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Airbus believes it has come up with a solution to uncomfortable, sleepless long-haul flights in economy class: widen the seats by just an inch.
Passengers’ sleep quality is improved by 53pc if their seats are a minimum width of 18 inches compared to the 17 inch standard set in the 1950s, according to the European plane manufacturer.
Airbus wants all airlines and manufacturers to adopt a minimum standard of 18 inch-wide seats in economy class to improve the comfort of long-haul travel for passengers who can’t afford to fly in business or first class.
Kevin Keniston, who oversees passenger comfort at Airbus, said: “If the aviation industry doesn’t take a stand right now then we risk jeopardising passenger comfort into 2045 and beyond – especially if you take into account aircraft delivery timetables combined with expected years in service. Which means another generation of passengers will be consigned to seats which are based on outdated standards.”
Airbus on Monday published research conducted by The London Sleep Centre, which monitored passengers’ brainwaves, eye, abdominal, chest and leg movements to measure the quality of their sleep when travelling in wider and narrower seats.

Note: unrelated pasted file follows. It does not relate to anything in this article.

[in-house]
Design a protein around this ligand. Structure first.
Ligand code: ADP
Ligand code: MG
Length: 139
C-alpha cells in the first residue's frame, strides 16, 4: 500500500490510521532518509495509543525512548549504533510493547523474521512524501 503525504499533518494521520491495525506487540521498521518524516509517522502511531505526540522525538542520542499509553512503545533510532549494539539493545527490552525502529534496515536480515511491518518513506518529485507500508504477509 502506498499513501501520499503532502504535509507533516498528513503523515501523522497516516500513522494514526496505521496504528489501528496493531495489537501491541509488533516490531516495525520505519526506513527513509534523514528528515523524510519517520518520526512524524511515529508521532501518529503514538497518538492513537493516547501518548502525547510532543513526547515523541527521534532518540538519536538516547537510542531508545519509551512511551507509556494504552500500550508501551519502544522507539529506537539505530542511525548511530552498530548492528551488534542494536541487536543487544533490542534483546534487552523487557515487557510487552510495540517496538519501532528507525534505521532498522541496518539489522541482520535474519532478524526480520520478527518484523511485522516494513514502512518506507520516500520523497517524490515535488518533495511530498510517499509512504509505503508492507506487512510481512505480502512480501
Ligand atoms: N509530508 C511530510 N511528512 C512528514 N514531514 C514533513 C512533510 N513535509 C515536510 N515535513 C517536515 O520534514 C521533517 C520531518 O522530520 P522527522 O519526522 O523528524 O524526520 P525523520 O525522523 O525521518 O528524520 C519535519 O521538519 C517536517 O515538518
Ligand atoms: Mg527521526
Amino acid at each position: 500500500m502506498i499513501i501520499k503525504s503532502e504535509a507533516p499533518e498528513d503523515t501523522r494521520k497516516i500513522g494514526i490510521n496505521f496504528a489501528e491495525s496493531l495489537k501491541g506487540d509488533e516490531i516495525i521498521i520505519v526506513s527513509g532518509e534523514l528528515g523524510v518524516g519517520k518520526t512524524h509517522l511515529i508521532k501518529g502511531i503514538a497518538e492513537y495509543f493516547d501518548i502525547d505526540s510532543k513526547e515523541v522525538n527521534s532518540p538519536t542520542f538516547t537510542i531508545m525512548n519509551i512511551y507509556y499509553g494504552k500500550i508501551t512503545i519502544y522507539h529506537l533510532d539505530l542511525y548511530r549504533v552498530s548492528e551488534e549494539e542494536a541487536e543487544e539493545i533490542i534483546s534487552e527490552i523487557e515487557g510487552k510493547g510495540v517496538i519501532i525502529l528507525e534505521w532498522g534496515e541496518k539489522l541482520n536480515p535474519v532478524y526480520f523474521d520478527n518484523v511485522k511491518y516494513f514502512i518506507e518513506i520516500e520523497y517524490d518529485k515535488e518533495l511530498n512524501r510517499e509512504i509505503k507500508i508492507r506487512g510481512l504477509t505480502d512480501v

“The difference was significant. All passengers experienced a deeper, less disturbed and longer nights’ sleep in the 18 inch seat,” said Dr Irshaad Ebrahim of The London Sleep Centre.
“They went from one sleep stage to the next as you would expect them to do under normal circumstances. Whilst, in the narrower 17 inch seat the passengers were affected by numerous disturbances during sleep – which meant they rarely experienced deep restorative sleep. When it comes to flying long haul in economy, an inch makes a huge difference on passenger comfort.”
Airbus says it has always fitted economy cabins on long-haul jets with 18 inch-wide seats but claimed other plane manufacturers are “eroding passenger comfort standards by going back to narrower seat widths from the 1950s in order to remain competitive”.